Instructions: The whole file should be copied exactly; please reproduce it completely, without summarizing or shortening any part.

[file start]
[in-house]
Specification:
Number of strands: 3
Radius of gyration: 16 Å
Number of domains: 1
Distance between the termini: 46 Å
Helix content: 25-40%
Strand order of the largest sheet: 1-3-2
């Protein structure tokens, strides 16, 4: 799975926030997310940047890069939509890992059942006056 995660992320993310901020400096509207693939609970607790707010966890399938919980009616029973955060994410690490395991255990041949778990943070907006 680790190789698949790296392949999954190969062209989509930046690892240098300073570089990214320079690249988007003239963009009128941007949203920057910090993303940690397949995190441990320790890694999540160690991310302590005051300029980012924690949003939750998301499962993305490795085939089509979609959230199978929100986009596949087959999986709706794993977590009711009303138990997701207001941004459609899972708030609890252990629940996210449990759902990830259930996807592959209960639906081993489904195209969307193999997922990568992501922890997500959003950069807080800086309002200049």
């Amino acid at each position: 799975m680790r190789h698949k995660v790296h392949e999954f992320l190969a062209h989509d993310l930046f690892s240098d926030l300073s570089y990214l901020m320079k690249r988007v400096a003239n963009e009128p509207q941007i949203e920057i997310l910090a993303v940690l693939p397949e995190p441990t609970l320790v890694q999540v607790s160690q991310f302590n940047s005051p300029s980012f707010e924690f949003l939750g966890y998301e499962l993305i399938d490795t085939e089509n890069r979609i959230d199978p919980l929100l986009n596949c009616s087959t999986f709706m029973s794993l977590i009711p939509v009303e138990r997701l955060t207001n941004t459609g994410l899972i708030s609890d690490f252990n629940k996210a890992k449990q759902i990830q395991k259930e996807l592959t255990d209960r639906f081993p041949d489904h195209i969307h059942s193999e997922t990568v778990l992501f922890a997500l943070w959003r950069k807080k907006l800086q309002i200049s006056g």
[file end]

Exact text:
[in-house]
Specification:
Number of strands: 3
Radius of gyration: 16 Å
Number of domains: 1
Distance between the termini: 46 Å
Helix content: 25-40%
Strand order of the largest sheet: 1-3-2
């Protein structure tokens, strides 16, 4: 799975926030997310940047890069939509890992059942006056 995660992320993310901020400096509207693939609970607790707010966890399938919980009616029973955060994410690490395991255990041949778990943070907006 680790190789698949790296392949999954190969062209989509930046690892240098300073570089990214320079690249988007003239963009009128941007949203920057910090993303940690397949995190441990320790890694999540160690991310302590005051300029980012924690949003939750998301499962993305490795085939089509979609959230199978929100986009596949087959999986709706794993977590009711009303138990997701207001941004459609899972708030609890252990629940996210449990759902990830259930996807592959209960639906081993489904195209969307193999997922990568992501922890997500959003950069807080800086309002200049």
């Amino acid at each position: 799975m680790r190789h698949k995660v790296h392949e999954f992320l190969a062209h989509d993310l930046f690892s240098d926030l300073s570089y990214l901020m320079k690249r988007v400096a003239n963009e009128p509207q941007i949203e920057i997310l910090a993303v940690l693939p397949e995190p441990t609970l320790v890694q999540v607790s160690q991310f302590n940047s005051p300029s980012f707010e924690f949003l939750g966890y998301e499962l993305i399938d490795t085939e089509n890069r979609i959230d199978p919980l929100l986009n596949c009616s087959t999986f709706m029973s794993l977590i009711p939509v009303e138990r997701l955060t207001n941004t459609g994410l899972i708030s609890d690490f252990n629940k996210a890992k449990q759902i990830q395991k259930e996807l592959t255990d209960r639906f081993p041949d489904h195209i969307h059942s193999e997922t990568v778990l992501f922890a997500l943070w959003r950069k807080k907006l800086q309002i200049s006056g």